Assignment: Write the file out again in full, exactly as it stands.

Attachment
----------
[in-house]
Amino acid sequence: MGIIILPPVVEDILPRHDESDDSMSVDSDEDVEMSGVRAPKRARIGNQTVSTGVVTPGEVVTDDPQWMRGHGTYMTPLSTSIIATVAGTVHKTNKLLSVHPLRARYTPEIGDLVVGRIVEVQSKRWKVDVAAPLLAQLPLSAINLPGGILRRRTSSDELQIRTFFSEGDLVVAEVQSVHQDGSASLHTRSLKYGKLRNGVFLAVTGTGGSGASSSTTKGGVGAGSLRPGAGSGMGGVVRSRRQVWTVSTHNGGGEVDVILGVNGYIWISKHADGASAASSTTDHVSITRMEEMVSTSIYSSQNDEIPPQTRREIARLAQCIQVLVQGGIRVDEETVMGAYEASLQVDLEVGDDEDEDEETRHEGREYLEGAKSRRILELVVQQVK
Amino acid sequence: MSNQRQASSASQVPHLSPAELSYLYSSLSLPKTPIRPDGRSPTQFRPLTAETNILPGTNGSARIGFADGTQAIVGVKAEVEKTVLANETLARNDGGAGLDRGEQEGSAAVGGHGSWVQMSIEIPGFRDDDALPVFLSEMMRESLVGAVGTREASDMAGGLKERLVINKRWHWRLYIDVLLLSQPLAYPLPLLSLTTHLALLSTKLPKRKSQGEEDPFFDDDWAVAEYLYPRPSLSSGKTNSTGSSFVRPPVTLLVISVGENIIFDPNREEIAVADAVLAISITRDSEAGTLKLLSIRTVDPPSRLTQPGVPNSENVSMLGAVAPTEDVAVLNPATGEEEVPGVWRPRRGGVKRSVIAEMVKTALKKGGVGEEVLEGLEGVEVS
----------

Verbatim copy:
[in-house]
Amino acid sequence: MGIIILPPVVEDILPRHDESDDSMSVDSDEDVEMSGVRAPKRARIGNQTVSTGVVTPGEVVTDDPQWMRGHGTYMTPLSTSIIATVAGTVHKTNKLLSVHPLRARYTPEIGDLVVGRIVEVQSKRWKVDVAAPLLAQLPLSAINLPGGILRRRTSSDELQIRTFFSEGDLVVAEVQSVHQDGSASLHTRSLKYGKLRNGVFLAVTGTGGSGASSSTTKGGVGAGSLRPGAGSGMGGVVRSRRQVWTVSTHNGGGEVDVILGVNGYIWISKHADGASAASSTTDHVSITRMEEMVSTSIYSSQNDEIPPQTRREIARLAQCIQVLVQGGIRVDEETVMGAYEASLQVDLEVGDDEDEDEETRHEGREYLEGAKSRRILELVVQQVK
Amino acid sequence: MSNQRQASSASQVPHLSPAELSYLYSSLSLPKTPIRPDGRSPTQFRPLTAETNILPGTNGSARIGFADGTQAIVGVKAEVEKTVLANETLARNDGGAGLDRGEQEGSAAVGGHGSWVQMSIEIPGFRDDDALPVFLSEMMRESLVGAVGTREASDMAGGLKERLVINKRWHWRLYIDVLLLSQPLAYPLPLLSLTTHLALLSTKLPKRKSQGEEDPFFDDDWAVAEYLYPRPSLSSGKTNSTGSSFVRPPVTLLVISVGENIIFDPNREEIAVADAVLAISITRDSEAGTLKLLSIRTVDPPSRLTQPGVPNSENVSMLGAVAPTEDVAVLNPATGEEEVPGVWRPRRGGVKRSVIAEMVKTALKKGGVGEEVLEGLEGVEVS